27. 27. Simplified Acute Physiology Score (SAPS) ► The SAPS score was first released in 1984 as an alternative to APACHE scoring. ► The original SAPS score is obtained in the first 24 h of ICU admission by assessment of 14 physiological variables, but no input of pre-existing disease was included. ► It has been superseded by the SAPS II & SAPS III, both of which assess the 12 physiological variables in the first 24 h of ICU admission & include weightings for pre-admission health status & age.
  28. 28. Simplified Acute Physiology Score (SAPS) ► Predicted mortality = -14.4761 + 0,0844 * SAPS II + 6.6158 * log (SAPS II+1) ► Area under ROC for SAPS is 0.8 where as SAPS II has a better value of 0.86 JAMA 1993;270:2957-2963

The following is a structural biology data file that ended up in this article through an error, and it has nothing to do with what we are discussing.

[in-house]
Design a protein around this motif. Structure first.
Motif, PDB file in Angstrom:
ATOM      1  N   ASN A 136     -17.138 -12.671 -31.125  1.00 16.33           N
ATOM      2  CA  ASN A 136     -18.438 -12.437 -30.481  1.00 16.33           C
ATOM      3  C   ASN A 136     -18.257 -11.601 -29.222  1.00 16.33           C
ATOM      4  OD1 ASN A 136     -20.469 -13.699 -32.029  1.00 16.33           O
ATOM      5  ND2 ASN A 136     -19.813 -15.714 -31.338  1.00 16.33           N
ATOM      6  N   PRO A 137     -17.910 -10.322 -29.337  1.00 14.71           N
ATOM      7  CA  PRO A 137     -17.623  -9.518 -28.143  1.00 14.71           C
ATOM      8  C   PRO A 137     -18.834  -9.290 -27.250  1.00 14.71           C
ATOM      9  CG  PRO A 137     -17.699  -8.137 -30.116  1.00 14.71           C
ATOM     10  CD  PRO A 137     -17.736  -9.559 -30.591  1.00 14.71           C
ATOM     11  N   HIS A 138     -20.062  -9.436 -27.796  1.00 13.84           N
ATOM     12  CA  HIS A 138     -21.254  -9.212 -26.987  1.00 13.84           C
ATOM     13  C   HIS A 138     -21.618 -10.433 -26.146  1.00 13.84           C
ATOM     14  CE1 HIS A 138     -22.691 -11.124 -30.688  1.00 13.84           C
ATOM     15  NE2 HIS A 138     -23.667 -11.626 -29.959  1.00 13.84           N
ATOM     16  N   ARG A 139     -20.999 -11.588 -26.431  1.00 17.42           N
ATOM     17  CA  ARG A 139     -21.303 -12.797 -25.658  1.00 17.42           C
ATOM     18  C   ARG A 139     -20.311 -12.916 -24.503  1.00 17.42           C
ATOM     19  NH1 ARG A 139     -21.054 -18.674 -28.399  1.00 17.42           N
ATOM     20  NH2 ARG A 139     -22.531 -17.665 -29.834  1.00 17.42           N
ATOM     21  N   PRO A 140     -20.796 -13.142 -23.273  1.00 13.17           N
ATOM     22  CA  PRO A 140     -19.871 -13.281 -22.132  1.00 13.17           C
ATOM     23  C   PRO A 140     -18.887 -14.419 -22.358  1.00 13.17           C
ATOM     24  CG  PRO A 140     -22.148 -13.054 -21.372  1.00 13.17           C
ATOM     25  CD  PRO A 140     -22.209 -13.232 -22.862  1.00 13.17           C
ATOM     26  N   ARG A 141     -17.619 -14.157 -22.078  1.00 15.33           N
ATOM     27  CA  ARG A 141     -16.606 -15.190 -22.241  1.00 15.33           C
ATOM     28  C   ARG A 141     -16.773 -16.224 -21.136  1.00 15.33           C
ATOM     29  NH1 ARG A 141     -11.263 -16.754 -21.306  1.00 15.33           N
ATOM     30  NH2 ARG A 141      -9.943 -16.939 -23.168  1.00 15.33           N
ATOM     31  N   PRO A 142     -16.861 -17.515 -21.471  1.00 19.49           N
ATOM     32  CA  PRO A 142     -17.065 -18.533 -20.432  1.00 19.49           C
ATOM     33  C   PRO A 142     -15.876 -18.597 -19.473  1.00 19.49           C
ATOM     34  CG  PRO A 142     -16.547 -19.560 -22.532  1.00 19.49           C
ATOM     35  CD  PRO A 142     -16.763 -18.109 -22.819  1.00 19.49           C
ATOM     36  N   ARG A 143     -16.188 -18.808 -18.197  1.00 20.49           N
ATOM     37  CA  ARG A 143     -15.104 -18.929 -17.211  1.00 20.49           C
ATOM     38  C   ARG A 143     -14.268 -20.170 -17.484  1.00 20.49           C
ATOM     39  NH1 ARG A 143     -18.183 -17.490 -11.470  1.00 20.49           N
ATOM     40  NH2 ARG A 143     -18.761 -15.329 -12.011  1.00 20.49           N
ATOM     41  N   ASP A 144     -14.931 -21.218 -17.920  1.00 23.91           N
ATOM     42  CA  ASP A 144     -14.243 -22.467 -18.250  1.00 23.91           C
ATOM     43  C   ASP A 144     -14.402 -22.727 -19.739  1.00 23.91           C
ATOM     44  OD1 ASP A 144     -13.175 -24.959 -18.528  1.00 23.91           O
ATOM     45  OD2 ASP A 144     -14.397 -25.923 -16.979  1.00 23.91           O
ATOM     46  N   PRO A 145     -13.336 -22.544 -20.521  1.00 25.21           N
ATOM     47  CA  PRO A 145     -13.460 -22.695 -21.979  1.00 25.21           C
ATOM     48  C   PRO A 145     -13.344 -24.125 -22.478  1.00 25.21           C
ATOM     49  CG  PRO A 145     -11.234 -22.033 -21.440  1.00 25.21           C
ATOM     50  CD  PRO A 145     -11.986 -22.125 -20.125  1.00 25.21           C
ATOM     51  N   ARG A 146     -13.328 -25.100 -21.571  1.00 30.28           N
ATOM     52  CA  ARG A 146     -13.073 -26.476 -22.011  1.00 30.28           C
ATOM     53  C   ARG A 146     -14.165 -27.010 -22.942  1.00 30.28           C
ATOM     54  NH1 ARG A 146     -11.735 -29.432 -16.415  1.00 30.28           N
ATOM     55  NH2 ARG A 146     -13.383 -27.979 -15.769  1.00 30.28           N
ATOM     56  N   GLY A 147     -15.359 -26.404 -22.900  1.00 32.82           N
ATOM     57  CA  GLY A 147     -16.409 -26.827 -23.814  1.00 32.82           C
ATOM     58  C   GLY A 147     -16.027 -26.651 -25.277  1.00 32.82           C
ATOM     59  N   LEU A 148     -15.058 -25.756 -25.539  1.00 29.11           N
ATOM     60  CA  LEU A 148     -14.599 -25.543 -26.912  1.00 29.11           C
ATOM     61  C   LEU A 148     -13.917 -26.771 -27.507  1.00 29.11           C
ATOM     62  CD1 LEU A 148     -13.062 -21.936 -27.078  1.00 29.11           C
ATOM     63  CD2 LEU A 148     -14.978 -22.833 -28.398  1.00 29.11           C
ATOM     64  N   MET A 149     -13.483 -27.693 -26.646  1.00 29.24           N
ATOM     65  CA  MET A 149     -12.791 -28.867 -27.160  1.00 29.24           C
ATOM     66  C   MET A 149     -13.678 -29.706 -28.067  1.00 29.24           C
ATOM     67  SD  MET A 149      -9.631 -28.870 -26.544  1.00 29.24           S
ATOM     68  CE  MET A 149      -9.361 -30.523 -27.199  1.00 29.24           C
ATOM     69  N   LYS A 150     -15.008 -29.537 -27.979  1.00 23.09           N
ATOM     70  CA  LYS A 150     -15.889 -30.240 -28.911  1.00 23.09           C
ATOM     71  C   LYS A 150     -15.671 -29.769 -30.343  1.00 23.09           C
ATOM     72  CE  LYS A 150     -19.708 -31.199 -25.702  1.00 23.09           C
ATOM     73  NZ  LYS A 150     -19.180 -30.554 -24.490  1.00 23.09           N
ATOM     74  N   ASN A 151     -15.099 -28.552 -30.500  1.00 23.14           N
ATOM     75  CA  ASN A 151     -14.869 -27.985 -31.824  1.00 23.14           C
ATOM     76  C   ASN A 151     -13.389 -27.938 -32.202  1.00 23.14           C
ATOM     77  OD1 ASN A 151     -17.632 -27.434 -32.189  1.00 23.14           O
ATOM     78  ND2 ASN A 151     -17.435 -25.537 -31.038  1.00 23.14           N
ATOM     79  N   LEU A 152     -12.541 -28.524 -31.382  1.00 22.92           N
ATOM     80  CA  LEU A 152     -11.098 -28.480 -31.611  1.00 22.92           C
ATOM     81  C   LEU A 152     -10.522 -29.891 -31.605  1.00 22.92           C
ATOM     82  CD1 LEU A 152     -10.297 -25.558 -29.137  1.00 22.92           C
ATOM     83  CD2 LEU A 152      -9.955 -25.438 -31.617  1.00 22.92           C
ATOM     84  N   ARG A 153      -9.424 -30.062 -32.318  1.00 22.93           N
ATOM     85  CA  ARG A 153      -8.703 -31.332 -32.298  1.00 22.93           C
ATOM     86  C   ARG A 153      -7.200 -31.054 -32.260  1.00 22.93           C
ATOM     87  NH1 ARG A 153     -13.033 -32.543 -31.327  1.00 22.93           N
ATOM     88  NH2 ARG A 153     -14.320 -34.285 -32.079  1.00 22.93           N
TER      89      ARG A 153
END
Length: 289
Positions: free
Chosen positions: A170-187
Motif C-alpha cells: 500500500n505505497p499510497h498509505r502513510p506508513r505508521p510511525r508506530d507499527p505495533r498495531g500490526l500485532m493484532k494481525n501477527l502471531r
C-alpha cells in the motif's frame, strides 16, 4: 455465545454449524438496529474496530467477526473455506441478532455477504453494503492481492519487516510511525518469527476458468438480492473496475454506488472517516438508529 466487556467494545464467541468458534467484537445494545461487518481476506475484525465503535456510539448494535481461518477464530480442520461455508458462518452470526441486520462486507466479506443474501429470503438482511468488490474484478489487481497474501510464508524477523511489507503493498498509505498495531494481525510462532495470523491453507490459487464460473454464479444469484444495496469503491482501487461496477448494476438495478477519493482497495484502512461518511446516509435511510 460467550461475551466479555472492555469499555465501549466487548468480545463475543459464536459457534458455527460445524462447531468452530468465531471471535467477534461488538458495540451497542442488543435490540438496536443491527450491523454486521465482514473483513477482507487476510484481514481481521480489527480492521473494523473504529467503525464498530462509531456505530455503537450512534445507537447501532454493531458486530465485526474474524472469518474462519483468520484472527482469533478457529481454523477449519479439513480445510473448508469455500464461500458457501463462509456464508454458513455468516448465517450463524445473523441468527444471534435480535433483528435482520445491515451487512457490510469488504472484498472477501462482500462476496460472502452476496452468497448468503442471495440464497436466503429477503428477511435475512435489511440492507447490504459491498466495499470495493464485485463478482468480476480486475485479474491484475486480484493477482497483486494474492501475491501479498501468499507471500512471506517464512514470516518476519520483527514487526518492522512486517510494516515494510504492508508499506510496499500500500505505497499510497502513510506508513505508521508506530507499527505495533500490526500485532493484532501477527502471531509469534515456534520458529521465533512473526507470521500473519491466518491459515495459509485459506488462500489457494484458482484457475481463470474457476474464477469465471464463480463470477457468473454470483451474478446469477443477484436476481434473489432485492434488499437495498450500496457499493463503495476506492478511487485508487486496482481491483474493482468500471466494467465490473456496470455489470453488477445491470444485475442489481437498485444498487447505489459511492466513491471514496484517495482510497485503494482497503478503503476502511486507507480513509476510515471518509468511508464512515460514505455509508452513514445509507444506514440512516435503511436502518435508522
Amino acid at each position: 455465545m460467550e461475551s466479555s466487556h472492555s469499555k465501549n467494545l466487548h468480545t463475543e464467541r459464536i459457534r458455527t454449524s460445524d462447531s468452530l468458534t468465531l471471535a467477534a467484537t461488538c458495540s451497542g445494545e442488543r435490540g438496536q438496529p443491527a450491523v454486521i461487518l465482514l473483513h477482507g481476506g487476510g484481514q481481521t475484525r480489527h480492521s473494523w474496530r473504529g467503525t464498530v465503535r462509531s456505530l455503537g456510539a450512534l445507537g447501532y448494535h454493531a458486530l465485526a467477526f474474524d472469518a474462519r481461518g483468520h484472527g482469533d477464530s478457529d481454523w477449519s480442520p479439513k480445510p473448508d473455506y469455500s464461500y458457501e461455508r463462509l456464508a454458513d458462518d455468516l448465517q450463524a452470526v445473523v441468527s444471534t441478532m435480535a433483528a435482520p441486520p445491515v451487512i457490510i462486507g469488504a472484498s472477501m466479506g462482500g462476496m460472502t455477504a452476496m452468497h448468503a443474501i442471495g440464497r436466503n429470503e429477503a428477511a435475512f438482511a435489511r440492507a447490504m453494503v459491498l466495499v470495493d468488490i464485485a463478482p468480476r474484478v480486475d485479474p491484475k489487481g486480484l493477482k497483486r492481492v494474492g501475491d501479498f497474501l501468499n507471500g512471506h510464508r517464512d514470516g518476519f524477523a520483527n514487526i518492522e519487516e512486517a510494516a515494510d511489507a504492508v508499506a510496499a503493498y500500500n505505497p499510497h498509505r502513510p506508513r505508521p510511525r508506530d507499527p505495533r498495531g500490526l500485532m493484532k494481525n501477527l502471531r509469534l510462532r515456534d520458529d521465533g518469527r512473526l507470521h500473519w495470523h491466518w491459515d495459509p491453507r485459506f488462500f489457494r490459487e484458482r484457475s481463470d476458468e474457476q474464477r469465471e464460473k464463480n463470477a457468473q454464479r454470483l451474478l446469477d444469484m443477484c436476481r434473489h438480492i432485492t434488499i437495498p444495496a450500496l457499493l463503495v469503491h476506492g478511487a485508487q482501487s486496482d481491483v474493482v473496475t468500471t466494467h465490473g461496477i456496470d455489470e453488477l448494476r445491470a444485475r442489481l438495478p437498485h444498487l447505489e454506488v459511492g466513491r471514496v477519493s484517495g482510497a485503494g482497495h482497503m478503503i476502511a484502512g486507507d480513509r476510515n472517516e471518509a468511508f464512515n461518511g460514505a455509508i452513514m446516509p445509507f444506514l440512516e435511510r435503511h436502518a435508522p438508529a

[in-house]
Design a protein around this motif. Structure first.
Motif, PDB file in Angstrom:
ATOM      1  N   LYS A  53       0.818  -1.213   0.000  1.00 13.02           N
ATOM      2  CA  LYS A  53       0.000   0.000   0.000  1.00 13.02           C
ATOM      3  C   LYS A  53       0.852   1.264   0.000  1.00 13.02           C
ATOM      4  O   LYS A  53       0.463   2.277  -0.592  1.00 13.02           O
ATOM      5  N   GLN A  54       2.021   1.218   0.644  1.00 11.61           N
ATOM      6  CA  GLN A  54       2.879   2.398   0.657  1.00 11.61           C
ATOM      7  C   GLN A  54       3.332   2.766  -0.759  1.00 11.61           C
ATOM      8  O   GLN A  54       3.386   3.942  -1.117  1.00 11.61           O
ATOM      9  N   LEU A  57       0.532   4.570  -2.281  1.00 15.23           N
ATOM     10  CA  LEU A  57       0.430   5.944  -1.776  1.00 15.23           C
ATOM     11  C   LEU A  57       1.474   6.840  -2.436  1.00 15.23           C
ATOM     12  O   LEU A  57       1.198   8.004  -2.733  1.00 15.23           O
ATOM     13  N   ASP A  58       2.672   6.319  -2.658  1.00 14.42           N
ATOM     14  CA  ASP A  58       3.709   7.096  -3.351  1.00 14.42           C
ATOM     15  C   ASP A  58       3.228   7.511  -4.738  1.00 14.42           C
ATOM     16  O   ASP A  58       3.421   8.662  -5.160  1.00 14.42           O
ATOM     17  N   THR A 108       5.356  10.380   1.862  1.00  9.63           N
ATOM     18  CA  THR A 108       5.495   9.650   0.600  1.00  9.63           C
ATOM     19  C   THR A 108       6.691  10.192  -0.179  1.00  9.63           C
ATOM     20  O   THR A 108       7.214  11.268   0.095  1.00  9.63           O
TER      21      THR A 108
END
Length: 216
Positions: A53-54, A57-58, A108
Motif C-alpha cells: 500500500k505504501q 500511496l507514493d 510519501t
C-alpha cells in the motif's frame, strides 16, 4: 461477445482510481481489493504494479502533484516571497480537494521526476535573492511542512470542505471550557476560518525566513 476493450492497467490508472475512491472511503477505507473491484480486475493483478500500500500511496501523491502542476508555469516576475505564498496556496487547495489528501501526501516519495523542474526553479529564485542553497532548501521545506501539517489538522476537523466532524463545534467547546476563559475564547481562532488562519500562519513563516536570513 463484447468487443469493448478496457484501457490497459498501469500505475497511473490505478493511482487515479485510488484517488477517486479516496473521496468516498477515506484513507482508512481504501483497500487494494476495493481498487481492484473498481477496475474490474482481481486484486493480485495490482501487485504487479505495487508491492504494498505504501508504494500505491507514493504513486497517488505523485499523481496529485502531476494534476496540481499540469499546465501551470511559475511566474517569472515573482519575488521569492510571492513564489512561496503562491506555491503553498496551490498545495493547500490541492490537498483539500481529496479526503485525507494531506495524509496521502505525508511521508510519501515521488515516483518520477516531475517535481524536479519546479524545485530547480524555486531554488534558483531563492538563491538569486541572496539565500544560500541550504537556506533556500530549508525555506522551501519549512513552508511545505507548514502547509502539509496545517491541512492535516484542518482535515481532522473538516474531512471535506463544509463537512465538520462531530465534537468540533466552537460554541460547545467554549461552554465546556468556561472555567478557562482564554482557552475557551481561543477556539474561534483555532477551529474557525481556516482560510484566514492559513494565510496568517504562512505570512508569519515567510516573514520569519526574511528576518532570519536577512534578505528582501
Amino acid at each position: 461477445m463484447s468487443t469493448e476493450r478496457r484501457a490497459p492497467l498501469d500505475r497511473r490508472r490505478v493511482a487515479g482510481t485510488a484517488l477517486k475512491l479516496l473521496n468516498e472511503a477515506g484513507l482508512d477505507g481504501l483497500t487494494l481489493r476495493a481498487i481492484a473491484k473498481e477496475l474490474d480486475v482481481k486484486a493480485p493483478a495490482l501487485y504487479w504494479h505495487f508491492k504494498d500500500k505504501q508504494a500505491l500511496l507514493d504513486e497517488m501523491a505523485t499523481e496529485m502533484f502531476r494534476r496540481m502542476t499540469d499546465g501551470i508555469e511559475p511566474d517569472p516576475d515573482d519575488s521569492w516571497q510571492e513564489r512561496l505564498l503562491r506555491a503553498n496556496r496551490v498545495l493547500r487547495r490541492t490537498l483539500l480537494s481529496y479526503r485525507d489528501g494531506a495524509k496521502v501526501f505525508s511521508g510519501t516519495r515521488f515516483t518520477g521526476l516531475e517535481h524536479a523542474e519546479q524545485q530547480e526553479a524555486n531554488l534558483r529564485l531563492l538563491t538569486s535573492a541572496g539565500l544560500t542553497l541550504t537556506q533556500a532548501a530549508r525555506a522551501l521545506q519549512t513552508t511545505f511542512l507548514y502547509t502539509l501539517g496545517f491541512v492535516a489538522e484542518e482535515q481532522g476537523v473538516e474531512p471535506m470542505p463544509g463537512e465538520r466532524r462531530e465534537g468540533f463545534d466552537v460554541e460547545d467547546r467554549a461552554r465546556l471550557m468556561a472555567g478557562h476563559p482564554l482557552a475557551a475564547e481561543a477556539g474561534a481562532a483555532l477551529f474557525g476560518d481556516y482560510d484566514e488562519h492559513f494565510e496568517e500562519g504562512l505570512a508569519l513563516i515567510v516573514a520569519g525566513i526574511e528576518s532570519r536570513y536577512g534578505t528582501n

29. 29. SAPS II Score Parameter Value (score) HR <40 (11) 40-69 (2) 70-119 (0) 120-159 (4) >160 (7) SBP <70 (13) 70-99 (5) 100-199 (0) >200 (2) Temp <39°C (0) >39°C (3) PaO2/FIO2 <100 (11) 100-199 (9) >200 (6) UO (ml) <500 (11) >500 (4) >1000 (0) S. Urea <28 (0) 28-83 (6) >84 (10) TLC (10³/cc) <1 (12) 1-20 (0) >20 (3) K <3 (3) 3-4.9 (0) >5 (3) Na <125 (5) 125-144 (0) >145 (1) Bicarb <15 (6) 15-19 (3) >20 (0) Bil <4 (0) 4-5.9 (4) >6 (9) GCS <6 (26) 6-8 (13) 9-10 (7) 11-13 (5) 14-15 (0) Age -score <40 → 0 40-59 → 7 60-69 → 12 70-74 → 15 75-79 → 16 ≥80 → 18 Chronic disease: Metastatic cancer → 9 Hemat.malig → 10 AIDS → 17 Type of admission: Sched. Surgical → 0 Medical → 6 Emer.surgical → 8 JAMA 1993;270(24):2957-2963
  30. 30. SAPS III ► Scores based on data collected within 1st hour of entry to ICU. ► Allows predicting outcome before ICU intervention occurs. ► Better evaluation of individual patient rather than an ICU. ► Limitations:  Time for collecting data  Can have greater missing information Intensive Care Med 2005; 31:1345–1355
  31. 31. Common Scoring Systems Sequential Organ Failure Assessment (SOFA)